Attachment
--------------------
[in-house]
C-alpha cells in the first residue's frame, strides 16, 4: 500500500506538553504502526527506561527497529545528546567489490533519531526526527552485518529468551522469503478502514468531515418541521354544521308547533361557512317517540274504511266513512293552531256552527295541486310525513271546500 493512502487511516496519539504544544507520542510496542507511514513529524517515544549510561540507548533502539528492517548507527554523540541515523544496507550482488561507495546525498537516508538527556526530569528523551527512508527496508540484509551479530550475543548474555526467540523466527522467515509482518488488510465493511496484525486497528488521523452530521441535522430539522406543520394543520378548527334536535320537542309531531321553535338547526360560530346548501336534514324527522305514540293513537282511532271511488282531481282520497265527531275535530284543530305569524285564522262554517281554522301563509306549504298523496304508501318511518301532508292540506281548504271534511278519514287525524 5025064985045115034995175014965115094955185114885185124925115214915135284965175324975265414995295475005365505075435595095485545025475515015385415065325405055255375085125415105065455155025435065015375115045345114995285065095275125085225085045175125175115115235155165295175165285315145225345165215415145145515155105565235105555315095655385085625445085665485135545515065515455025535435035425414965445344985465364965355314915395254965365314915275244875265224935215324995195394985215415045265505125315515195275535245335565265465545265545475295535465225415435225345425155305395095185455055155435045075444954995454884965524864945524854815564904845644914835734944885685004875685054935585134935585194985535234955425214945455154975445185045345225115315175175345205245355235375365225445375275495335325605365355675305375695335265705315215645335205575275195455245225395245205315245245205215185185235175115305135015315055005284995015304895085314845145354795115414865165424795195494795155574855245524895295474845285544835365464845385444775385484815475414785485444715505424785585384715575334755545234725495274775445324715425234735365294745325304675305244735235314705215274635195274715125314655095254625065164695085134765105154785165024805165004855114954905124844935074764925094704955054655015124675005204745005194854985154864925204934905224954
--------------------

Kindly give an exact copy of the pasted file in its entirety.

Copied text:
[in-house]
C-alpha cells in the first residue's frame, strides 16, 4: 500500500506538553504502526527506561527497529545528546567489490533519531526526527552485518529468551522469503478502514468531515418541521354544521308547533361557512317517540274504511266513512293552531256552527295541486310525513271546500 493512502487511516496519539504544544507520542510496542507511514513529524517515544549510561540507548533502539528492517548507527554523540541515523544496507550482488561507495546525498537516508538527556526530569528523551527512508527496508540484509551479530550475543548474555526467540523466527522467515509482518488488510465493511496484525486497528488521523452530521441535522430539522406543520394543520378548527334536535320537542309531531321553535338547526360560530346548501336534514324527522305514540293513537282511532271511488282531481282520497265527531275535530284543530305569524285564522262554517281554522301563509306549504298523496304508501318511518301532508292540506281548504271534511278519514287525524 5025064985045115034995175014965115094955185114885185124925115214915135284965175324975265414995295475005365505075435595095485545025475515015385415065325405055255375085125415105065455155025435065015375115045345114995285065095275125085225085045175125175115115235155165295175165285315145225345165215415145145515155105565235105555315095655385085625445085665485135545515065515455025535435035425414965445344985465364965355314915395254965365314915275244875265224935215324995195394985215415045265505125315515195275535245335565265465545265545475295535465225415435225345425155305395095185455055155435045075444954995454884965524864945524854815564904845644914835734944885685004875685054935585134935585194985535234955425214945455154975445185045345225115315175175345205245355235375365225445375275495335325605365355675305375695335265705315215645335205575275195455245225395245205315245245205215185185235175115305135015315055005284995015304895085314845145354795115414865165424795195494795155574855245524895295474845285544835365464845385444775385484815475414785485444715505424785585384715575334755545234725495274775445324715425234735365294745325304675305244735235314705215274635195274715125314655095254625065164695085134765105154785165024805165004855114954905124844935074764925094704955054655015124675005204745005194854985154864925204934905224954